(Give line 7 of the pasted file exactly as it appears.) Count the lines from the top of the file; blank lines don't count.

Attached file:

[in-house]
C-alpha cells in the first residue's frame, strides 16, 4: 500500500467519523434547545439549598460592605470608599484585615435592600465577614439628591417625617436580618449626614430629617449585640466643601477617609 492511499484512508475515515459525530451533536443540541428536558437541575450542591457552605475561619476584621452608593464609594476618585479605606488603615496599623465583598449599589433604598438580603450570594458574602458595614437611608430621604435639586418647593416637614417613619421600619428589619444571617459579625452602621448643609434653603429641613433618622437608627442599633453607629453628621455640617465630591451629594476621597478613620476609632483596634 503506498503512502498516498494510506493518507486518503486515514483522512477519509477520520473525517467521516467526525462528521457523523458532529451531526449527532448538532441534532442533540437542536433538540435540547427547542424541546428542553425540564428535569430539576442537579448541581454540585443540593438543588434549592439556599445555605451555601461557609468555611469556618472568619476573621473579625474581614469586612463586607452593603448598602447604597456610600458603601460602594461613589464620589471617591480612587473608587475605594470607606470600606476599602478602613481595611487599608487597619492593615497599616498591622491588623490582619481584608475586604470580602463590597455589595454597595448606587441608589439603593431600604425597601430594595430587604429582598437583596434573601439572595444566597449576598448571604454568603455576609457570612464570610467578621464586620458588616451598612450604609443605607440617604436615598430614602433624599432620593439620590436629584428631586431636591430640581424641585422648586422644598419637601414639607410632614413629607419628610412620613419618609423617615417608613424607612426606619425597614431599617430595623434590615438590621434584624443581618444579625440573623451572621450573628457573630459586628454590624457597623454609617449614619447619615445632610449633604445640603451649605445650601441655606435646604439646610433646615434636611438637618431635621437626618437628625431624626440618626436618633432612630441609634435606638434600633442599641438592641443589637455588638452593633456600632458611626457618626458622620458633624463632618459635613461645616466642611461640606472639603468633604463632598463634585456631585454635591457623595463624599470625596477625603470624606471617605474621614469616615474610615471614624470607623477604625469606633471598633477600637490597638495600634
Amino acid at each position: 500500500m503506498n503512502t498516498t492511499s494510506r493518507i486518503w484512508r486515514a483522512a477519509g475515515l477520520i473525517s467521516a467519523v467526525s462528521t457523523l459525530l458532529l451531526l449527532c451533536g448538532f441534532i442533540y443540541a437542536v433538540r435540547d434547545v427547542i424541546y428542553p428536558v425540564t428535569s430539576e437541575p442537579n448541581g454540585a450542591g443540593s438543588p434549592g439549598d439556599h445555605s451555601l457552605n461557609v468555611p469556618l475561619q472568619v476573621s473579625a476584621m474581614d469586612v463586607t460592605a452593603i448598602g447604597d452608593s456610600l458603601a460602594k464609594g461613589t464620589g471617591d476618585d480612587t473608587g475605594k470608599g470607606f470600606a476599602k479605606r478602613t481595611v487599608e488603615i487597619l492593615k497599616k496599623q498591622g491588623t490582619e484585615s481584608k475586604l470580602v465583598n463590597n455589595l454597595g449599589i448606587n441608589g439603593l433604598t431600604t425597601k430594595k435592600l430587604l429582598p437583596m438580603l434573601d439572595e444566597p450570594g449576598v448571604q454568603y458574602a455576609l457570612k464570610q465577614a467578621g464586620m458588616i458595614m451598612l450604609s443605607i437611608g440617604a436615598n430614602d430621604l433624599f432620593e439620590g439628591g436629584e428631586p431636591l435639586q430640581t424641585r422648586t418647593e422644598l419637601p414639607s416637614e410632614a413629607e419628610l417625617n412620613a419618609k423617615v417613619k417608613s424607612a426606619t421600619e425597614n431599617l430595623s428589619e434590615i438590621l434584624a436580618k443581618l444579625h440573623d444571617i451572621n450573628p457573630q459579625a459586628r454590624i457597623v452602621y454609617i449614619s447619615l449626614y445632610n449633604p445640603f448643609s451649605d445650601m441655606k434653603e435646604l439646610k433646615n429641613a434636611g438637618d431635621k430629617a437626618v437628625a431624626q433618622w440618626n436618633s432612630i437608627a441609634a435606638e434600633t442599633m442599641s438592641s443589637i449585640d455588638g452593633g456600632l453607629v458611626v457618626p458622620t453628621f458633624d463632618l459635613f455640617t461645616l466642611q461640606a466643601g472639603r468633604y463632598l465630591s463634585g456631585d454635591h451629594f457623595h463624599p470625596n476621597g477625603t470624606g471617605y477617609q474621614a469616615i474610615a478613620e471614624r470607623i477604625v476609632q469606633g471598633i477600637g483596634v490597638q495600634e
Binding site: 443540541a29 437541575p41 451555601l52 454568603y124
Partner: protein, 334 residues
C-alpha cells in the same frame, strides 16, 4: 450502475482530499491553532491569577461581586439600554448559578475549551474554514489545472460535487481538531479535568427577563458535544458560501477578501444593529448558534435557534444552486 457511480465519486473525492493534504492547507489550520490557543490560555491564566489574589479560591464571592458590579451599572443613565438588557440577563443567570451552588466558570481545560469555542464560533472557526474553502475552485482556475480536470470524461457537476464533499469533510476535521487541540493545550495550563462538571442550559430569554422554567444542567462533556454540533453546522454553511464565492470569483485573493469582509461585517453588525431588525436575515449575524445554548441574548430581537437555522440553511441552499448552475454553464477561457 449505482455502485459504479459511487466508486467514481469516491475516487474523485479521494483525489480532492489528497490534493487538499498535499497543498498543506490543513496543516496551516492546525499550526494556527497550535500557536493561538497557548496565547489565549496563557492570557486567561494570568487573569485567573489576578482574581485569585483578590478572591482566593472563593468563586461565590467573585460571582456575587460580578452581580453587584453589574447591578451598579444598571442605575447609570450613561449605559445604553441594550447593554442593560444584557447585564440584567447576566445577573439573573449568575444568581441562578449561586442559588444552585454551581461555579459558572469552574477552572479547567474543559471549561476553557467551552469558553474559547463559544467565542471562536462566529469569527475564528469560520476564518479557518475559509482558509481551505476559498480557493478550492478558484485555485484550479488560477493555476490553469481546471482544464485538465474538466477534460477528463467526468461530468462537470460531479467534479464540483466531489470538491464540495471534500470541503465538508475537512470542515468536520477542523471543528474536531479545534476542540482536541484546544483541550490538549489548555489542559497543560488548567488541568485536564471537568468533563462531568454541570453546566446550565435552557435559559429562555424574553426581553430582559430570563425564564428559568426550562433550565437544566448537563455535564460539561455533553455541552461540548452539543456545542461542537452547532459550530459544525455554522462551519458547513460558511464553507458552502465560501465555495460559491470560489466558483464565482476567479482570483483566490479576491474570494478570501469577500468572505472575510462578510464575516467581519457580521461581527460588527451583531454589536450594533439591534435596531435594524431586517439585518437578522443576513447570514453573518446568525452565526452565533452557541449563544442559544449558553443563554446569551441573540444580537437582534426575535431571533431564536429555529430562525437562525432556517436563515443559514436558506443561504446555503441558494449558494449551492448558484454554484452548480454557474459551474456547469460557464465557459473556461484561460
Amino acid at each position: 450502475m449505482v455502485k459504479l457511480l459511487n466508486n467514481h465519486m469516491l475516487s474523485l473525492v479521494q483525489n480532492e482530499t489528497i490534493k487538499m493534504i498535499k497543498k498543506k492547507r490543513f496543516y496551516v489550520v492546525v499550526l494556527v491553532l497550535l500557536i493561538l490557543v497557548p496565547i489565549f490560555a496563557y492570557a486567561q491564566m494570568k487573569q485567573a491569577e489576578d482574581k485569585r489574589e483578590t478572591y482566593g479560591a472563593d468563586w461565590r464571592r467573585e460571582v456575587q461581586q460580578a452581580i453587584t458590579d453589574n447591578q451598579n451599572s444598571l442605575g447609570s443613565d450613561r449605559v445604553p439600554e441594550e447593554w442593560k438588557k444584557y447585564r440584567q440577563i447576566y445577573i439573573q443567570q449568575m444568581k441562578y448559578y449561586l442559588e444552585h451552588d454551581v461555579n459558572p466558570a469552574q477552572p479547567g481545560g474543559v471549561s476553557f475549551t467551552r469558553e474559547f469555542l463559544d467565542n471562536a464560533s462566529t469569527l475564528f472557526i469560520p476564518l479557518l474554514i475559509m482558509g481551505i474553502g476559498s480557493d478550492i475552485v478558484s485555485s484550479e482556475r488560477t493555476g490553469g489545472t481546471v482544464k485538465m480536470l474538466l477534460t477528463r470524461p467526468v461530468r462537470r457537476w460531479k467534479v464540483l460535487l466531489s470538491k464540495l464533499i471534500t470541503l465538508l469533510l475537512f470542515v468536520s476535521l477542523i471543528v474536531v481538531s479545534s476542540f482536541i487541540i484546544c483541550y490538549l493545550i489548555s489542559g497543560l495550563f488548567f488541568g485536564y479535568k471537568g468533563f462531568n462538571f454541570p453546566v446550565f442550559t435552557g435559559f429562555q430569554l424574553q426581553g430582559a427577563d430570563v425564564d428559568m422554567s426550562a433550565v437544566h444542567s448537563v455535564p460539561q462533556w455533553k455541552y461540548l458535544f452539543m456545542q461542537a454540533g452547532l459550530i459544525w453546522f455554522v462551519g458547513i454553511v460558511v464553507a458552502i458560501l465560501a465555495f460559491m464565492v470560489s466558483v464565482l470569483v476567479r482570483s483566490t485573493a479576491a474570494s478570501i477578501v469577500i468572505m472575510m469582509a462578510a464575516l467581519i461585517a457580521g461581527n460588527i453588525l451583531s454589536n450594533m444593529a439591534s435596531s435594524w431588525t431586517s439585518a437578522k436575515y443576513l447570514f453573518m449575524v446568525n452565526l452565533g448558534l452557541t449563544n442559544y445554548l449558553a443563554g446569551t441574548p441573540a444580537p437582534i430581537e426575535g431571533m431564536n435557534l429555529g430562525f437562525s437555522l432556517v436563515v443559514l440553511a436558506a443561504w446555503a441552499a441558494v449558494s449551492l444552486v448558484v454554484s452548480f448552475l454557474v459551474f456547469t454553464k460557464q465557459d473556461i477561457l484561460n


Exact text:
Amino acid at each position: 450502475m449505482v455502485k459504479l457511480l459511487n466508486n467514481h465519486m469516491l475516487s474523485l473525492v479521494q483525489n480532492e482530499t489528497i490534493k487538499m493534504i498535499k497543498k498543506k492547507r490543513f496543516y496551516v489550520v492546525v499550526l494556527v491553532l497550535l500557536i493561538l490557543v497557548p496565547i489565549f490560555a496563557y492570557a486567561q491564566m494570568k487573569q485567573a491569577e489576578d482574581k485569585r489574589e483578590t478572591y482566593g479560591a472563593d468563586w461565590r464571592r467573585e460571582v456575587q461581586q460580578a452581580i453587584t458590579d453589574n447591578q451598579n451599572s444598571l442605575g447609570s443613565d450613561r449605559v445604553p439600554e441594550e447593554w442593560k438588557k444584557y447585564r440584567q440577563i447576566y445577573i439573573q443567570q449568575m444568581k441562578y448559578y449561586l442559588e444552585h451552588d454551581v461555579n459558572p466558570a469552574q477552572p479547567g481545560g474543559v471549561s476553557f475549551t467551552r469558553e474559547f469555542l463559544d467565542n471562536a464560533s462566529t469569527l475564528f472557526i469560520p476564518l479557518l474554514i475559509m482558509g481551505i474553502g476559498s480557493d478550492i475552485v478558484s485555485s484550479e482556475r488560477t493555476g490553469g489545472t481546471v482544464k485538465m480536470l474538466l477534460t477528463r470524461p467526468v461530468r462537470r457537476w460531479k467534479v464540483l460535487l466531489s470538491k464540495l464533499i471534500t470541503l465538508l469533510l475537512f470542515v468536520s476535521l477542523i471543528v474536531v481538531s479545534s476542540f482536541i487541540i484546544c483541550y490538549l493545550i489548555s489542559g497543560l495550563f488548567f488541568g485536564y479535568k471537568g468533563f462531568n462538571f454541570p453546566v446550565f442550559t435552557g435559559f429562555q430569554l424574553q426581553g430582559a427577563d430570563v425564564d428559568m422554567s426550562a433550565v437544566h444542567s448537563v455535564p460539561q462533556w455533553k455541552y461540548l458535544f452539543m456545542q461542537a454540533g452547532l459550530i459544525w453546522f455554522v462551519g458547513i454553511v460558511v464553507a458552502i458560501l465560501a465555495f460559491m464565492v470560489s466558483v464565482l470569483v476567479r482570483s483566490t485573493a479576491a474570494s478570501i477578501v469577500i468572505m472575510m469582509a462578510a464575516l467581519i461585517a457580521g461581527n460588527i453588525l451583531s454589536n450594533m444593529a439591534s435596531s435594524w431588525t431586517s439585518a437578522k436575515y443576513l447570514f453573518m449575524v446568525n452565526l452565533g448558534l452557541t449563544n442559544y445554548l449558553a443563554g446569551t441574548p441573540a444580537p437582534i430581537e426575535g431571533m431564536n435557534l429555529g430562525f437562525s437555522l432556517v436563515v443559514l440553511a436558506a443561504w446555503a441552499a441558494v449558494s449551492l444552486v448558484v454554484s452548480f448552475l454557474v459551474f456547469t454553464k460557464q465557459d473556461i477561457l484561460n